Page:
Anyone who has dealt with sectional times on a regular basis and in any detail – and, after over 20 years of operating in this area, I think I can claim that – knows that a couple of factors are necessary before those sectionals are fit for public consumption: validation and contextualisation.
Most electronically-based sectionals are subject to a degree of error, with the result that if the data says Horse A was ahead of Horse B at a given juncture but the visuals say it was the other way round it will be the former that needs adjusting.
Contextualisation is less straightforward but involves using a meaningful amount of previous (validated) data to create benchmarks against which subsequent efforts may be gauged. Without that, to at least some degree, sectionals are just a bunch of numbers.
In particular, you should look to identify efficient performances – ones which resulted in good overall times compared to the protagonists’ apparent abilities – and the sectionals which gave rise to them.
Future races will involve different goings (and horses of different abilities, carrying different weights, etc), but it is a straightforward matter to adjust the benchmarks to allow for such factors.
Research in this area indicates repeatedly that horses must perform in a very similar way in proportion to their overall times in order to maximise their average speeds and minimise those final times.
Where Saturday’s Derby at Epsom is concerned, we have a large body of evidence of “how to run fast”, from decades of performances, good and bad, in the race itself and in other 12f races at the track.
From recent years, we can use the efforts of Derby winners like Masar, Wings of Eagles, Golden Horn and Australia (but not Harzand and Ruler of The World, who contested falsely-run races) to create those benchmarks and then to adjust them so that they map to the overall time of this year’s contest, won by ANTHONY VAN DYCK.
This year’s Derby was run on fast ground – two course records fell elsewhere on the card, though both at shorter distances – and you would expect an efficiently-paced runner to hit the various waypoints in times quicker than normal. But, in terms of the proportions of a horse’s overall time those benchmarks represent, it should be much the same.
Unfortunately, it is clear that the sectionals issued officially after the 2019 Derby had errors in them. The following is a summary of what may be established about the race from sophisticated video analysis instead.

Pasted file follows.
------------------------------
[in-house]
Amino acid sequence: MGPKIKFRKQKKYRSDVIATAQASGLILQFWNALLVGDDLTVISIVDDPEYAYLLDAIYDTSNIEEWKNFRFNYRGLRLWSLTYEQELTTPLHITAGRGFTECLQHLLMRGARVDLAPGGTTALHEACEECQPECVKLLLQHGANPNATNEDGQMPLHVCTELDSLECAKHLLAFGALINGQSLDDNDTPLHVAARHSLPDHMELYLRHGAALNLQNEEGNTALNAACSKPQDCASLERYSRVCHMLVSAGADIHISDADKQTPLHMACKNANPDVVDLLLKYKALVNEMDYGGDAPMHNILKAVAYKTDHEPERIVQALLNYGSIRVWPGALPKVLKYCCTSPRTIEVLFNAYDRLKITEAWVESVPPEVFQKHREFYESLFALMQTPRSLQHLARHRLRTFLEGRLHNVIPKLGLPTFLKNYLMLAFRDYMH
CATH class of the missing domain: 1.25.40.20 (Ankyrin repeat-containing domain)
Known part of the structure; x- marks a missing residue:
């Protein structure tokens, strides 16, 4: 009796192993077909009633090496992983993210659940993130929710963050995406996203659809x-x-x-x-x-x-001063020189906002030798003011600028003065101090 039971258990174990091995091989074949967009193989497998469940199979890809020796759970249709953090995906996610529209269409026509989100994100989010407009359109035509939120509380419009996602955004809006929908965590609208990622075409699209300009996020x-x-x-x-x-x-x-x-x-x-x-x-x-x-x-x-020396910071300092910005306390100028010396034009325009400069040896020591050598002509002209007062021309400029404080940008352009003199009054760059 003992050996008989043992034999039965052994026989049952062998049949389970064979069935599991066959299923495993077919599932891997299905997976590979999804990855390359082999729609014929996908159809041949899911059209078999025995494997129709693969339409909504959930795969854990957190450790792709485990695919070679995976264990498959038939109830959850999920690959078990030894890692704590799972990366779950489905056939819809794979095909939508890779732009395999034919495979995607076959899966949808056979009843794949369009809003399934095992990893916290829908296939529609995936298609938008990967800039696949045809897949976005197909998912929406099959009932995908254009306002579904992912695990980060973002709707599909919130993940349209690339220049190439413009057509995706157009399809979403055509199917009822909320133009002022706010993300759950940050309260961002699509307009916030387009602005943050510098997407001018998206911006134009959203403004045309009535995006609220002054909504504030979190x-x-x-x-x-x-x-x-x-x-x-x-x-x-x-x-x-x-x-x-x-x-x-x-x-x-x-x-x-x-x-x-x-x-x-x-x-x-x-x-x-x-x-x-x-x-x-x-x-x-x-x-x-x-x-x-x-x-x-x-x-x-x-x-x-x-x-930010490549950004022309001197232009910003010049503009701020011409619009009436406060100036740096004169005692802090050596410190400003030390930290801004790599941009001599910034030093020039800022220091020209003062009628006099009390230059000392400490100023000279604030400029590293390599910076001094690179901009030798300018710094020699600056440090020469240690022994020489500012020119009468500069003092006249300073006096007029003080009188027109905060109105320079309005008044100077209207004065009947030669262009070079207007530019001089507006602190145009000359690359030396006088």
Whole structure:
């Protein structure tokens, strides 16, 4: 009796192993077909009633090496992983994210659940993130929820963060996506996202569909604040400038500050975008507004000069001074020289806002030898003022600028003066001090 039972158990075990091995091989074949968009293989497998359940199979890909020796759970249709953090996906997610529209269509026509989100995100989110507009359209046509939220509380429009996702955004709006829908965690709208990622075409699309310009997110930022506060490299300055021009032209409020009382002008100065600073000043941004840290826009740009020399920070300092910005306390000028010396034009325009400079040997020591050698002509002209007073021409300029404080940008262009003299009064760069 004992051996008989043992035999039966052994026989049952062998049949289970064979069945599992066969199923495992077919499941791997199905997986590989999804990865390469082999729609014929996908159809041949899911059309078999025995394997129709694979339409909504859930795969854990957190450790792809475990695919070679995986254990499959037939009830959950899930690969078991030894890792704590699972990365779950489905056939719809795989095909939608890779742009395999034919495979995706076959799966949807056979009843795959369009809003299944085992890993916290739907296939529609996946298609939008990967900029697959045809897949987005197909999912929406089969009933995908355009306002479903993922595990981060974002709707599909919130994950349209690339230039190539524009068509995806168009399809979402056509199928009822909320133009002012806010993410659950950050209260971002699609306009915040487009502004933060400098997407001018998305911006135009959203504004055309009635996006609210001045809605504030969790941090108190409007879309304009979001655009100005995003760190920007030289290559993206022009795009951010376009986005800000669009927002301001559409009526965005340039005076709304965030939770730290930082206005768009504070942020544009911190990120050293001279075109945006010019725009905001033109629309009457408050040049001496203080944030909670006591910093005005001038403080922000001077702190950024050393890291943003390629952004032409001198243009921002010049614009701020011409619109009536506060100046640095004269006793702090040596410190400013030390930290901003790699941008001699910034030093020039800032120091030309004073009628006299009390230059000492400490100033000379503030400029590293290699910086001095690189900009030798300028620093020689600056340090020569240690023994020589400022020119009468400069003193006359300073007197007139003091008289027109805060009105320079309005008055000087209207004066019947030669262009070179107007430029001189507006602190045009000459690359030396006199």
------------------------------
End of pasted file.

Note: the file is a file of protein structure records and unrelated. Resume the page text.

Contrary to what has been said in some quarters, this year’s Derby was not slowly-run, or excessively strongly-run.
As can be seen, the leader was several lengths ahead of par early on, but the field was quite well strung out and the eventual winner, Anthony Van Dyck, ran mostly in the “Goldilocks Zone”, where the pace was neither too fast, nor too slow, but “about right”.
The leader was faster than par for most of the race, but Anthony Van Dyck, back in the pack, was never more than a few lengths from it. He made up a leeway of about two lengths early in the straight, but was almost bang on standard thereafter.
It is also true that the second to fifth horses – who finished in a line half a length behind Anthony Van Dyck – ran fairly close to par overall. Among them, however, was Madhmoon, who stumbled 4f out then put in a very fast 10.74s sectional from 3f out to 2f out to dispute the lead. I have him rated equal to the winner.
There were minor excuses for some of the other principals, but, if you are looking for reasons why they might have run faster, sectionals are not a prime suspect.
It had been a similar story the day before in The Oaks, a race run on less-firm ground (and with 14 yards added to the race distance on account of rail movement) but in much the same style: the leader was several lengths ahead of par early on but the second half of the race was fairly efficient.
That remark applies to the pace up front, but not necessarily to individual horses within the race.
Sectional upgrading, which adjusts a horse’s overall time performance in the light of its sectionals, suggests the most efficient ride won The Oaks, not necessarily the best filly.
Due to the nature of the 12f track at Epsom – very stiff to begin with, around bends mid-race, then straight and downhill for the last 3.5f – the finishing speed par is around 111% (that is, efficient horses run about 11% quicker late on than for the race overall).
Drilling down further shows that the runner-up completed from 3f out to 2f out in approximately 10.75s, which is about 0.75s (four and a half lengths) quicker than par given the known final time, and about 0.50s quicker than Anapurna managed at the same stage.
Such a large (and what proved to be premature) move probably made the difference between winning and losing: sectional upgrading suggests so. In proportion, it was an even bigger effort than Madhmoon’s at the same juncture the following day.
Horse error as well as possible jockey error appeared to be the issue where third-placed Fleeting was concerned. She lacked pace when it mattered, but her closing splits suggest there would have been an even better effort in her had she not been so far back turning in.
I am repeatedly reminded that “sectionals are not for everyone”, which is fair enough. But anyone imagining that pace and efficient energy usage matters little in horseracing, or any other athletic discipline, is deluding themselves.
And anyone who thinks that such factors are better judged visually than through timing has to explain away the countless misinterpretations of pace and times which perpetuate to this day.
The crucial difference is that we are now in a position to call out those misinterpretations after the event, if we wish to.